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Seeds in bags

We are beginning to get to the point of the year where I want to get some seeds planted. In the past, I’ve tried a variety of methods and, of course, it does vary depending on the type of seed. I’m not generally a fan of direct sowing except for things like lawn grass, which are broadcast in large numbers. I’ve done it but I prefer to keep a closer eye on things even though it means I have to make time for stages of potting up and planting out. I often start off in small pots, either indoors or in the polytunnel, but this year I’m also trying an idea that is new to me – sowing in plastic bags.

You use kitchen towel as a way of providing a moist environment, which I have sometimes done before. However, to limit evaporation, you put the wet paper and seeds into a plastic bag. I particularly liked the logic suggested in the video below, where the bag is then turned upside down so the roots tend to grow toward the plastic for easy removal rather than into the paper itself:

Baggy Method for Seeds

I’m not keen on generating a lot of plastic waste but, this year, I’ve got lots of small bags saved from the lateral flow test kits I’ve gone through. Earlier this week I started off some winter lettuce and lamb’s lettuce along with some peas (in a bigger bag saved from something else) and I was able to drop the germinated winter lettuce seeds onto pots of soil yesterday. The lamb’s lettuce looks like it will pop out in a day or so and I wonder if I might need to make the pea bag a bit damper.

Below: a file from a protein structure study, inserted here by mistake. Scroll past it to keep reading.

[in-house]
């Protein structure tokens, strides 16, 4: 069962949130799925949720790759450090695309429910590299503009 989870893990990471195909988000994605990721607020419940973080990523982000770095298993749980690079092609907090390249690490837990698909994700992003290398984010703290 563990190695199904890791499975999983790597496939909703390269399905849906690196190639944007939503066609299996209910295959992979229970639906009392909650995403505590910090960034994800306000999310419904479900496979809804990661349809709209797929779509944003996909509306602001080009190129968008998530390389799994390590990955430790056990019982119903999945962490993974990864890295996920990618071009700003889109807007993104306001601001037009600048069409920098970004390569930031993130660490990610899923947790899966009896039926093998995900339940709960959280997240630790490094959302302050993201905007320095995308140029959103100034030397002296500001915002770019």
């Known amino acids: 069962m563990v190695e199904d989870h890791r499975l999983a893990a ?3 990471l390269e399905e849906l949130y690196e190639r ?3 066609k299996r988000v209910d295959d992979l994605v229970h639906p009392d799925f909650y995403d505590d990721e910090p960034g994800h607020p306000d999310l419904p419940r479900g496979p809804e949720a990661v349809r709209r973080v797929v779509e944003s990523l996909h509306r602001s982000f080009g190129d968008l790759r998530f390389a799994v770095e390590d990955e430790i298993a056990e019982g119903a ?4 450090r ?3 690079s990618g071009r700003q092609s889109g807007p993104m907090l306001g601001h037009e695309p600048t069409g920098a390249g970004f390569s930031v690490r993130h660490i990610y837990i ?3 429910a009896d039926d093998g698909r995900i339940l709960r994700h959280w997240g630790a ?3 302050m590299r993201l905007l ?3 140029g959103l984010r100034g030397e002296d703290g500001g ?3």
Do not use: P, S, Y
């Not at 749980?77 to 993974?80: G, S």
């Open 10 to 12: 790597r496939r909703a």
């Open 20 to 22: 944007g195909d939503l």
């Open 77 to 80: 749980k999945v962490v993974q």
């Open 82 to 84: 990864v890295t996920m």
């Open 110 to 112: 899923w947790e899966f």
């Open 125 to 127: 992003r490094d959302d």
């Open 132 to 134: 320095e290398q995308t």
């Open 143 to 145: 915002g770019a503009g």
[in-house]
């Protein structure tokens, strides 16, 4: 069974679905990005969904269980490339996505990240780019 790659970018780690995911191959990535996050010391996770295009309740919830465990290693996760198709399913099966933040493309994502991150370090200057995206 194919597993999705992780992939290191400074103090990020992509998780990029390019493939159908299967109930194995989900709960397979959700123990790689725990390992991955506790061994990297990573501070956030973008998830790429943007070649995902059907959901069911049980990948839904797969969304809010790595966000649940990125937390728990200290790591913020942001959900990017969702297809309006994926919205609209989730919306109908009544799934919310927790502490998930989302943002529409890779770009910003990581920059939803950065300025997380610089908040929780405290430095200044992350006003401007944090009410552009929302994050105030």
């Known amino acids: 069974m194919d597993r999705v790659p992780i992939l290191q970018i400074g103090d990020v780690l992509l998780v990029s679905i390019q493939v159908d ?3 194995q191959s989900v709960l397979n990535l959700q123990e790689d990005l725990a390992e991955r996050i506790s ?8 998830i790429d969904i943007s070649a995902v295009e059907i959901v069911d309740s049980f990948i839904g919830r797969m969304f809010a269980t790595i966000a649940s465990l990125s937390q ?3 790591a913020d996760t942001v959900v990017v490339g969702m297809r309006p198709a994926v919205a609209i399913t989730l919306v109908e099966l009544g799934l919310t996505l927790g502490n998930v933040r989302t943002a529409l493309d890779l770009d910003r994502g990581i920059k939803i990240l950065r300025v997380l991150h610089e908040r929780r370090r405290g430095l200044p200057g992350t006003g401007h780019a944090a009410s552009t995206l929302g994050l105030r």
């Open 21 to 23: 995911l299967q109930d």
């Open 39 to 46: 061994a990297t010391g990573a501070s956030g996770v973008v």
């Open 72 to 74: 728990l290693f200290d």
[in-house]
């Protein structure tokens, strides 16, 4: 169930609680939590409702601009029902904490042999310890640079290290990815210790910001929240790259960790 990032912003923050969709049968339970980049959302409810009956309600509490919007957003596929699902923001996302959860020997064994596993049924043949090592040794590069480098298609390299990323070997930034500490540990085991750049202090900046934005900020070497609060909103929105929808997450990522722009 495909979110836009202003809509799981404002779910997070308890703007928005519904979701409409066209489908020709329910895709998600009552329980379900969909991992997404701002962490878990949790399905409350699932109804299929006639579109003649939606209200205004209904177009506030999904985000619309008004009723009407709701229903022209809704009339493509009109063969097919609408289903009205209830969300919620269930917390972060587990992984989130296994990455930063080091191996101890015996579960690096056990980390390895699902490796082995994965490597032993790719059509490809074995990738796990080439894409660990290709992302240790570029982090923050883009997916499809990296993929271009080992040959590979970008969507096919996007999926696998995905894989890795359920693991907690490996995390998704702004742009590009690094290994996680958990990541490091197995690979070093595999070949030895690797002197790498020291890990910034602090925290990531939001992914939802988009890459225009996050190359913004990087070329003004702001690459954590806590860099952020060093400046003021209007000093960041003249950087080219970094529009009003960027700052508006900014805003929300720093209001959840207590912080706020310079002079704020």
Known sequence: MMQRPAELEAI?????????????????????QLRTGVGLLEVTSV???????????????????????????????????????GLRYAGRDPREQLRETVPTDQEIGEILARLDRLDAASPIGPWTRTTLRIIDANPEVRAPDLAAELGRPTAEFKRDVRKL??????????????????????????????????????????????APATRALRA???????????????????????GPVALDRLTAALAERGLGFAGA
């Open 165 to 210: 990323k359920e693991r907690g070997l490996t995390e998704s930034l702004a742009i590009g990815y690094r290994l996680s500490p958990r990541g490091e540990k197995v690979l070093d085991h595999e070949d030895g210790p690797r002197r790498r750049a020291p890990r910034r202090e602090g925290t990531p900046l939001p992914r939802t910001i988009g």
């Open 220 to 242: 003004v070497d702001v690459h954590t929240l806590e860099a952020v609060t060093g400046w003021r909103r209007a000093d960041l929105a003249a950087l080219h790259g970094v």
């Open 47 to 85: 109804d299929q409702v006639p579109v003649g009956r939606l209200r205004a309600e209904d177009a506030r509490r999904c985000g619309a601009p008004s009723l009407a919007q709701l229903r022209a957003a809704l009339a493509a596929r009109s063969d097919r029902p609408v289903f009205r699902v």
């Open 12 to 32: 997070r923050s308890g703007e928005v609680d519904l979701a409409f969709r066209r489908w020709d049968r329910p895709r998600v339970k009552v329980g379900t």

Anyway, I need to see how those tiny seedlings do before I wholeheartedly endorse the method but it does make sense to me a way of doing things that lets you see what is going on. Seeds typically need some moisture and a certain amount of heat (within quite wide parameters) to germinate. Initially, they are drawing on their own reserves, so the lack of nutrients in the bag won’t bother them. Because you can watch their progress, you can put the ones that sprout onto soil while they still have some of the initial reserves left and, the theory is, they should happily extend their roots down and make themselves at home.

It’s a positive start although, if I carry on once I’ve used up my spare LFT bags, I think I’ll look for a bigger alternative that is easier to slide the paper into.

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